No Trees along the MO – Kan Border During the Civil War
Border War Extra: No trees along the MO/KAN border during the Civil War!
Ok, that’s not true, but the landscape of the Missouri Kansas border during the Civil War years was much different than it is today. This entry in the Border War tour series is a little different because I don’t have a lot of hard facts to tell you about. Rather, in this case, the topic comes from having read in several sources that the landscape in the area during the war was much different than what we see today. This point, mentioned in several historical works, has always puzzled me. Why were there fewer trees? It seems to me that, if anything, there would have been more trees since there were fewer people, fields, houses, roads cities, etc.
In the mid to late 1800s the border country would have looked more like what you might think of when you think of the middle of Kansas, or the Flint Hills. Rolling hills and valleys with only a smattering of trees usually surrounding creek beds, ponds, and lakes. The ground would have been covered by tall, waving prairie grass as far as you could see. Cass County Missouri, which sits right in the middle of the border county, is said to have been covered by almost 80% prairie grass in 1850. What was it that happened that changed this open landscape to one where trees and forests have taken over much of the open land? The answer, In one word, “fire”.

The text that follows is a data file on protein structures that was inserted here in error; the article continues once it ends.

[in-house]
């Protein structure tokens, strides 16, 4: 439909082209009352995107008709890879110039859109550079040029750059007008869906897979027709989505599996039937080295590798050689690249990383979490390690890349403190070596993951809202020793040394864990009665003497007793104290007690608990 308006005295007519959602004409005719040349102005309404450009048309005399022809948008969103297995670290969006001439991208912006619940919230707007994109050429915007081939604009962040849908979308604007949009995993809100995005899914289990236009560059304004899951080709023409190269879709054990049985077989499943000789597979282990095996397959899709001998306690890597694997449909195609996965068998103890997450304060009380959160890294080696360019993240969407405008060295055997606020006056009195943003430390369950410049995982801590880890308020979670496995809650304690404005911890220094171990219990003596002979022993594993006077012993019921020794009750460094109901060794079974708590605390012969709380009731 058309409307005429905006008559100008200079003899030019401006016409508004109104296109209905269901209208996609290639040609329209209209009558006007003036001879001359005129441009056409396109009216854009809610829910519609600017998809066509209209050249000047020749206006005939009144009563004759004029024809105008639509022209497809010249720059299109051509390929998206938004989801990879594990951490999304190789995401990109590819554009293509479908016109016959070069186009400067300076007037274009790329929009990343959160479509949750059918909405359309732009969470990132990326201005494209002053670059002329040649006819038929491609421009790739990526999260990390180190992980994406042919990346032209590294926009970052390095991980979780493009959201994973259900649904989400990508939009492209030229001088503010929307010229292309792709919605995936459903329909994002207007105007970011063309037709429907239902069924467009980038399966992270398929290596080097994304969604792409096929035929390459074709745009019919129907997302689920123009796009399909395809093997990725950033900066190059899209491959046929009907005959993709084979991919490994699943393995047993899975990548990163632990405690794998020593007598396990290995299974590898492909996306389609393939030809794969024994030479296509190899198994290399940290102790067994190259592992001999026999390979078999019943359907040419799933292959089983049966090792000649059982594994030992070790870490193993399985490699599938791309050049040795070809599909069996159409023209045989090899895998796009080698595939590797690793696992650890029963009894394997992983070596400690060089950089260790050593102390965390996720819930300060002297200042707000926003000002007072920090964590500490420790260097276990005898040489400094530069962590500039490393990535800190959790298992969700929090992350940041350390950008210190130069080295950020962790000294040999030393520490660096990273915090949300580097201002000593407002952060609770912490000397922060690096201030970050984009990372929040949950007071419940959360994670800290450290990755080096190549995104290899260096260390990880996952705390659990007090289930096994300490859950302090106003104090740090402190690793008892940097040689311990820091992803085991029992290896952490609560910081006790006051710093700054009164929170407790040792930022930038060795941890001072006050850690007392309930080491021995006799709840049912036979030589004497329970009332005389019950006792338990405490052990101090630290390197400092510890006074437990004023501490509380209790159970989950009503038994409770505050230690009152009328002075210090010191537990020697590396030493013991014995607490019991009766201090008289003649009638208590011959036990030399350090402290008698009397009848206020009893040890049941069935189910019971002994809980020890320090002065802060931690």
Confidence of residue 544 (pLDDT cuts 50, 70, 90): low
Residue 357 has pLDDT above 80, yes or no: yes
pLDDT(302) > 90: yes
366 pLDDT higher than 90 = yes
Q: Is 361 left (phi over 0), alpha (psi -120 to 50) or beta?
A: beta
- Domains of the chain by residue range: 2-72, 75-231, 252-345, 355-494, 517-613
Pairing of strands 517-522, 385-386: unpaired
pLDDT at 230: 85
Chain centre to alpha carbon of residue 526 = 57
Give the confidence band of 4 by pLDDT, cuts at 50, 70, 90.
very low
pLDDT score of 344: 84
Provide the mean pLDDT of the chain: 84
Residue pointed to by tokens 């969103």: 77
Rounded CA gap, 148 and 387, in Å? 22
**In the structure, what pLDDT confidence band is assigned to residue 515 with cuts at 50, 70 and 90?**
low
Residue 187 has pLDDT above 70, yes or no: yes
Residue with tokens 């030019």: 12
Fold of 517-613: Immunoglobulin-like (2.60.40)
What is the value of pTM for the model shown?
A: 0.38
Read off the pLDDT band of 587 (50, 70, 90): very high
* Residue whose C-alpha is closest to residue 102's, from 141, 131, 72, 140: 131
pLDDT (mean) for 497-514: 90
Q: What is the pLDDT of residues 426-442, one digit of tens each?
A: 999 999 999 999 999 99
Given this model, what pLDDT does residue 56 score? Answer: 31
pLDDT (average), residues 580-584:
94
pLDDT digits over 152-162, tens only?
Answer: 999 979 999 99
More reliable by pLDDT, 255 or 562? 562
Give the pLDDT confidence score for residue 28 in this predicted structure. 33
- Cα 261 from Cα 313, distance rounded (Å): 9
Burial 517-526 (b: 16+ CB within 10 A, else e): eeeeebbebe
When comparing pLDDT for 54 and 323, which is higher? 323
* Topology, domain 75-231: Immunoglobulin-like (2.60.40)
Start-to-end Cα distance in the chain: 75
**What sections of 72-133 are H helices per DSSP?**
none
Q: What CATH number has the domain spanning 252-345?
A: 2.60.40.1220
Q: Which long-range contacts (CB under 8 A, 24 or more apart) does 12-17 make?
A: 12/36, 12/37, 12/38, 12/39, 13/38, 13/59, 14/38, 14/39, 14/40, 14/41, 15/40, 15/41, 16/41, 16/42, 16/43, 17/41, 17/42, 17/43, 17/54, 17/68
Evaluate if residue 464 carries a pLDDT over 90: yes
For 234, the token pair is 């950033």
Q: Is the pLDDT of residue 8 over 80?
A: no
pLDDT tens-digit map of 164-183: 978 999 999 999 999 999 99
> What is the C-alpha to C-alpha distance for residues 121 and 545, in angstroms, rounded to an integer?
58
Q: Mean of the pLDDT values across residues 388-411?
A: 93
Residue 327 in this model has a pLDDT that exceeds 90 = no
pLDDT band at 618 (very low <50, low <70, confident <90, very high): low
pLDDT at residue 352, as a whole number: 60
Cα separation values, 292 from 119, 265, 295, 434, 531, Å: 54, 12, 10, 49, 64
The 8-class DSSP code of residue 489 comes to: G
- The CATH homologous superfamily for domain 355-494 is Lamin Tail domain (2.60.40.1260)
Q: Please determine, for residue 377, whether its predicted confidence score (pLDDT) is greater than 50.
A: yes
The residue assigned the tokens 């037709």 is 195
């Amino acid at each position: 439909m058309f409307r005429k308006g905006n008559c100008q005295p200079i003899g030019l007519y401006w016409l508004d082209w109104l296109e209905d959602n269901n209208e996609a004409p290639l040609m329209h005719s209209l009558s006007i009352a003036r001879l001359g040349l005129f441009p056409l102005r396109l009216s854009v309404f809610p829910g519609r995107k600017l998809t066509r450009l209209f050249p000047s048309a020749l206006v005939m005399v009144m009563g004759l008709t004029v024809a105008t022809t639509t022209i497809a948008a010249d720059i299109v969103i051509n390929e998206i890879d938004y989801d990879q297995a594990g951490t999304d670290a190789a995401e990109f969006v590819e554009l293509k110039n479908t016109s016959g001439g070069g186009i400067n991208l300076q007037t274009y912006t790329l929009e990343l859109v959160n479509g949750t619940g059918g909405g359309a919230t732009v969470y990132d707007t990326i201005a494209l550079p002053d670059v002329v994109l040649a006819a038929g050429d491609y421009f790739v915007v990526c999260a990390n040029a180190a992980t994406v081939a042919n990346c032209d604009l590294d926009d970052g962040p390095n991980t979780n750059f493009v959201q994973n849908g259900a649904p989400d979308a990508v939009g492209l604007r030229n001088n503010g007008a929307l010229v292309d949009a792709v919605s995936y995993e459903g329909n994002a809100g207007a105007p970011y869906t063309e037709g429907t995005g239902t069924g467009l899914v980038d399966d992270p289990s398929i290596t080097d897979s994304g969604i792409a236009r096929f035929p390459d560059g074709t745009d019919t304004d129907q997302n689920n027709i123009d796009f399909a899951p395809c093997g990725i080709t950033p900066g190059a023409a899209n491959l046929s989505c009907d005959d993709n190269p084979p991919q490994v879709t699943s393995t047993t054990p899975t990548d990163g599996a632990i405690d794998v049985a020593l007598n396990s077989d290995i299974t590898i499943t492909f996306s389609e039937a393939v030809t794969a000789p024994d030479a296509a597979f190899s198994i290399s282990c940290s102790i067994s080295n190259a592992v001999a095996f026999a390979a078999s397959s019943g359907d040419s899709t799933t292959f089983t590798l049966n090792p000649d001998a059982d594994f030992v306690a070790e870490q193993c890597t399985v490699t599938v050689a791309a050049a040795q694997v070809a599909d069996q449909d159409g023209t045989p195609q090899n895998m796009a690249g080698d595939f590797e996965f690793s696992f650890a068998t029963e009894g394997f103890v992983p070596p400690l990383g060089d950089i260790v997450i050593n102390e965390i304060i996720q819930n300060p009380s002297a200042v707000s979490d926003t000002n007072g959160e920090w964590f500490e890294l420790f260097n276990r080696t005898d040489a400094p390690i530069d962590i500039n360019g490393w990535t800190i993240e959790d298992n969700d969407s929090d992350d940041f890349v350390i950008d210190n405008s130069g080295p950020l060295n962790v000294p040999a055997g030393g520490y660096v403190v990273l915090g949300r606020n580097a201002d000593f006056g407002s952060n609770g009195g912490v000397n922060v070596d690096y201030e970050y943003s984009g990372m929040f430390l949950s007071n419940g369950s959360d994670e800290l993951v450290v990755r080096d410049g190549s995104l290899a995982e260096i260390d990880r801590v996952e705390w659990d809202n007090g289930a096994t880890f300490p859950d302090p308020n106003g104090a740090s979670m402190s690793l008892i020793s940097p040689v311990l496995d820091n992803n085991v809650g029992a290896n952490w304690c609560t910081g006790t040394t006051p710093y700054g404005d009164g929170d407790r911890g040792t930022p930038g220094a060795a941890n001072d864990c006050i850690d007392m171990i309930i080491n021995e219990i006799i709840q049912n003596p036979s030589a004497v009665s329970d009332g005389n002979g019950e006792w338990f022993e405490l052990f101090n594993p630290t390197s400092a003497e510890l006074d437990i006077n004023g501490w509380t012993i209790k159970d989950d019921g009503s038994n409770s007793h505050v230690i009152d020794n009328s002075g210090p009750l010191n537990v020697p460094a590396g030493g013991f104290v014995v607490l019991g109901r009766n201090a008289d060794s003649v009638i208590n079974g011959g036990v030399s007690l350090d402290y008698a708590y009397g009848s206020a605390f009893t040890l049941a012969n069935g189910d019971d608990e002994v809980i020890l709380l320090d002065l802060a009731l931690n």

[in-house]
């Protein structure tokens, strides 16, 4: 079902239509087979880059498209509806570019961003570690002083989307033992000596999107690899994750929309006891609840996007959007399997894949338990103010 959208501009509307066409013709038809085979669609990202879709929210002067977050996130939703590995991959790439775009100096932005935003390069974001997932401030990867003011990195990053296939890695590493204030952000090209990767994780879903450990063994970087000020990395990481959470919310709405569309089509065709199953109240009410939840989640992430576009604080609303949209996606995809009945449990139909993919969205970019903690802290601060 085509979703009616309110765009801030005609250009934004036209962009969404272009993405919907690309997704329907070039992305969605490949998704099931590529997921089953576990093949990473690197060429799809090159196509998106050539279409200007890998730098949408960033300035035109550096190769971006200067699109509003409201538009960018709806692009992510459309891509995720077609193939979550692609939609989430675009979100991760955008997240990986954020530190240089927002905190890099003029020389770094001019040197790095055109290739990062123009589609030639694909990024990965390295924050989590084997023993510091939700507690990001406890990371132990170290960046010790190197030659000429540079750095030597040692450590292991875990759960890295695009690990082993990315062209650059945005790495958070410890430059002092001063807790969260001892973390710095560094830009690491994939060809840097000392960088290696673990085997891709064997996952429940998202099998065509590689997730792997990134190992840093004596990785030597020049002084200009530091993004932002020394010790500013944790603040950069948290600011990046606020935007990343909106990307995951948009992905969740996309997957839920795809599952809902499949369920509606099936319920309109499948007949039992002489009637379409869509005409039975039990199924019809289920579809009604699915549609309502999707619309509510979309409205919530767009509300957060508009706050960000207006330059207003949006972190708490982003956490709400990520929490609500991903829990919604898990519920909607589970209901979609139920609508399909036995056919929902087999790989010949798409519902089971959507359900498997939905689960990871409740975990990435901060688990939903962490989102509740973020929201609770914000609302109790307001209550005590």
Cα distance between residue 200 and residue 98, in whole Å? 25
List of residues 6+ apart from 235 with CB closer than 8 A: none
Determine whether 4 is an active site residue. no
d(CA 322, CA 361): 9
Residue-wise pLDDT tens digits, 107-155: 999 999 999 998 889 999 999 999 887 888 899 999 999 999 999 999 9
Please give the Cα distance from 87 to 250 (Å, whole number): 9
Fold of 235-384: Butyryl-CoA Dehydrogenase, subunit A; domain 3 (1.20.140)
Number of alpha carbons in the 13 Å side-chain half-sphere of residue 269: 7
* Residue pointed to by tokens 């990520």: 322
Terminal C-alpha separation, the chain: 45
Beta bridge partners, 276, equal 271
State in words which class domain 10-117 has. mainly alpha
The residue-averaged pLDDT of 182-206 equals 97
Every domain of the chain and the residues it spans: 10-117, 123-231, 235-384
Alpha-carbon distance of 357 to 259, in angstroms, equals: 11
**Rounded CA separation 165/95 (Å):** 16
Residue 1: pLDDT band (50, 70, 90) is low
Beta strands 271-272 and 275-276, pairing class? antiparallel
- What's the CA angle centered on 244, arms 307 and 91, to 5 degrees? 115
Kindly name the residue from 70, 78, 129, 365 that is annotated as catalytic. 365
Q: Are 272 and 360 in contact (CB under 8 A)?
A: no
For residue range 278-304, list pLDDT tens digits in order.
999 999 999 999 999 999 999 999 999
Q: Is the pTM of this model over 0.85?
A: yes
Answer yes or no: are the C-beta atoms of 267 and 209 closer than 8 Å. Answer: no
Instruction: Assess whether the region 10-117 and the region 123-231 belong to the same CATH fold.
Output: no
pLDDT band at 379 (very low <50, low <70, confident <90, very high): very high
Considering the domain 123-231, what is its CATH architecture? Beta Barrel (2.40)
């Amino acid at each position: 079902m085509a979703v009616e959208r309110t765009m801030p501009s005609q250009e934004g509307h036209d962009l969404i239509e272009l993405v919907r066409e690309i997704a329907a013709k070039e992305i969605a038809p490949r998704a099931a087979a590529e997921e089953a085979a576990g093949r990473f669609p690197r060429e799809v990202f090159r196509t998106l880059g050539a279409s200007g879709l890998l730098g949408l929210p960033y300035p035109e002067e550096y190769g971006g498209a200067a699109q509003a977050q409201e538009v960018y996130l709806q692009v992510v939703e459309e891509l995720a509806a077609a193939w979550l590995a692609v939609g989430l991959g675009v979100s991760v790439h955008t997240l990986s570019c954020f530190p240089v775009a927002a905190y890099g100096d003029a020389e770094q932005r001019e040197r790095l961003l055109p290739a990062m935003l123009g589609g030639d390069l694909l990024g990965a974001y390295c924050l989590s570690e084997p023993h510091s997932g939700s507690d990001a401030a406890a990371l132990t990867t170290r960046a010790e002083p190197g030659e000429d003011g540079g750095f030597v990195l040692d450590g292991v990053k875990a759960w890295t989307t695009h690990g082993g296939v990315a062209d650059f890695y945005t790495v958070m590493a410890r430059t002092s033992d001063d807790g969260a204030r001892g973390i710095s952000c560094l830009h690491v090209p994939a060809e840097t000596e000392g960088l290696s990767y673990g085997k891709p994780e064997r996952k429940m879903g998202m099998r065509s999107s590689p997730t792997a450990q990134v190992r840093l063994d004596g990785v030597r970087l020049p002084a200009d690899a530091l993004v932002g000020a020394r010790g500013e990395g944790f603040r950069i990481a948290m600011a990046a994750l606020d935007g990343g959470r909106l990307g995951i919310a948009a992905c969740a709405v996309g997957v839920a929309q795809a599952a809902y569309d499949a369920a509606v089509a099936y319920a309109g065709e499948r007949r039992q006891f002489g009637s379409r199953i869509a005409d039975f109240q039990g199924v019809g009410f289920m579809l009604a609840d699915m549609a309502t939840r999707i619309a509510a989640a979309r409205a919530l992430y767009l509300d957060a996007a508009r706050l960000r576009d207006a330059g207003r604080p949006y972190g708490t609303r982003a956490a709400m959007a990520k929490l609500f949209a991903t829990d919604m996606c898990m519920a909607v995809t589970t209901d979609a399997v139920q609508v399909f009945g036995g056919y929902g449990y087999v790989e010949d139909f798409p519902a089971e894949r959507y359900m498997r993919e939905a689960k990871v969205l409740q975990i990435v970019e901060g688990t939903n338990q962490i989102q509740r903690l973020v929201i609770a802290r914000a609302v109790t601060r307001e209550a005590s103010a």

Prairie fires were a normal occurrence along the border in the 1800s. These prairie fires usually occurred in late summer and early fall and would burn the dry and brittle grass uncontrollably not allowing any trees in those areas to survive. An uncontrolled prairie fire like this could travel, with nothing to stop its destruction until it hit some sort of a natural barrier like a stream, or lake, or even a rock formation which would eventually stop the spread of the fire.
These fires were disastrous to early and mid-1800 settlers because the fires did not stop at homes, barns, or corrals. Instead, those structures into which a farmer had put so much effort, were simply consumed by the fire. The settlers would often work together to try and stop these fires as they were not just a single farmer’s problem. Rather they were a community problem because the fires would easily move from one farm to another and could destroy entire communities.
As more and more people started coming to the area after the Civil War, the people themselves started to provide fire barriers by clearing out homesteads, planting fields, building roads, and other things which meant the prairie fires had less room to spread as the dry prairie grass was no longer filling up all these acres of land. Since the fires stopped spreading, they no longer stopped the trees from growing. Which has led to the forests we see today.
So, the next time you drive by or take a hike in your local forest, imagine that 150 years ago, that forest would likely have been comprised of rolling hills with prairie grass waving as far as the eye could see.